Lucas Martínez is the co-founder and co-CEO of talent.coma job search platform present in 78 countries.
For many companies with one CEO, it can be a little lonely at the top. It can also be difficult to let go of responsibilities that you previously didn’t have time for and that you must now entrust to your new senior leadership team.
Regardless of your leadership team setup — one CEO, multiple CEOs, a full C-suite — a big part of a company’s success comes down to mindset.
Three heads are better than one.
During growth, it is important from day one to clearly define the respective roles of the leadership team. Giving each person their responsibilities and making sure you don’t stray into each other’s territory can help keep conflict at bay even when problems arise.
Leadership must quickly learn the best ways to handle confrontation. At the top, it is necessary to put aside the ego and remember that the only thing that really matters is the well-being of the company. It’s important to know when to let things go and when to talk about feelings to release the steam from all heated situations. Overcoming any challenge requires a cool head and remember that every leader has the best intentions for the company. What remains is trust. And trust is important.
When everyone is on the same page and a decision is unanimous, those are great moments. Usually, however, there are different opinions and ideas. In these cases three heads are better than one because an odd number of deciders will always result in a tiebreaker, so the majority decides. However, it is important to listen to those who have a very strong passion for a particular project or road to explore. If no one else has a strong opinion or objection to it, part of growing and maintaining that adaptable mindset would involve letting them try their idea.
Agreeing in this way can often take time, and some may become frustrated by the inefficiency. But when it comes to making big, impactful decisions, what you lose in speed, you make up for by knowing you’re doing the right thing. Plus, if leaders go down the wrong path, having that uneven team at the top will make someone notice and tell them to change course.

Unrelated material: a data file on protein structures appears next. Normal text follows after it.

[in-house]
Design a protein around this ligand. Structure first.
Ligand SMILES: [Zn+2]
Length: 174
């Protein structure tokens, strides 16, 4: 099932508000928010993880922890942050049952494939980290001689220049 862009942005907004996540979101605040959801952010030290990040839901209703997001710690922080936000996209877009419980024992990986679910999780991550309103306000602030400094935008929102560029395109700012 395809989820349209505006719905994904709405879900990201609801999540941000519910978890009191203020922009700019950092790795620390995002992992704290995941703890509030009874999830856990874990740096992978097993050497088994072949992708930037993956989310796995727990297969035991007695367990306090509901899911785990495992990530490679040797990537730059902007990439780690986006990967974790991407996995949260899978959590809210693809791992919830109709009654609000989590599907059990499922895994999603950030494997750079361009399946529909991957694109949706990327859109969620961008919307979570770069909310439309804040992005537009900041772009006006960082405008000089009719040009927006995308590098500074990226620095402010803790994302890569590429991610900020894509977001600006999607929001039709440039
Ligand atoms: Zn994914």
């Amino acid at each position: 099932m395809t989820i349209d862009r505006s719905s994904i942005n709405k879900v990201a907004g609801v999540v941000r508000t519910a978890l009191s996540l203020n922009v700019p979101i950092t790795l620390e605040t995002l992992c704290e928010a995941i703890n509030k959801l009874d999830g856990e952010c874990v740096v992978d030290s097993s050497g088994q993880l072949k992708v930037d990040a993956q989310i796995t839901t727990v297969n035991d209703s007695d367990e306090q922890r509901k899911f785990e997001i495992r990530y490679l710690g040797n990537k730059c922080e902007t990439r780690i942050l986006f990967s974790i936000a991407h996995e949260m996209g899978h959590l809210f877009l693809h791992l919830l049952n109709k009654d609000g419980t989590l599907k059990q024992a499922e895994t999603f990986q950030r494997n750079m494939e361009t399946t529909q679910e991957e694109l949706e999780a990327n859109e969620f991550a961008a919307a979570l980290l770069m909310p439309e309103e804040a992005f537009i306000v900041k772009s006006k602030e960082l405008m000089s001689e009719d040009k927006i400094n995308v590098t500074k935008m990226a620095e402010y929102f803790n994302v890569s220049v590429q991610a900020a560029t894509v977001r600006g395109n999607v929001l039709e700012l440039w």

Of course, it’s always important to regularly take stock of your decision-making processes to make sure they’re still working and serving the business well. If the arrangement you’ve developed ever starts to lose more value than it creates, it’s all the more important that you can adapt to new methods.
Build a change-friendly environment.
Business owners are no stranger to change – it’s integral to the entrepreneurial mindset and empowers leaders to maintain that vital frame of mind as their business grows.
If your mindset is agile enough to adapt your business model to the needs of your customers – many times over if necessary – it will serve you well in the long run. The ability to adapt when customer needs change or when markets are moving is essential, but it isn’t always easy. It can be frustrating for your people, who may have worked on a particular product or service, to suddenly be asked to change their trajectory or focus. So make sure all your people understand that change is in the DNA of the company.
An important step in building a culture of adaptability is to create an environment where people feel comfortable with that entrepreneurial mindset. If your people feel that it’s their business too, and that they can have that level of comfort to experiment or make mistakes without recourse to negative recourse, that quickly turning aspect of adaptability will permeate the company.
As entrepreneurs, we keep running until we find what works best. However, when you build a business – your baby – you have to let go to some extent. Attracting seniors, empowering them and giving them confidence, and letting them take ownership of what they do are essential steps in growth.
Entrepreneurs build to break. That bulldozer approach of putting your head down and pushing forward until you break through the wall will only continue to work during periods of growth if you make sure your business is run with a lot of confidence, no ego and a high tolerance for uncomfortable change.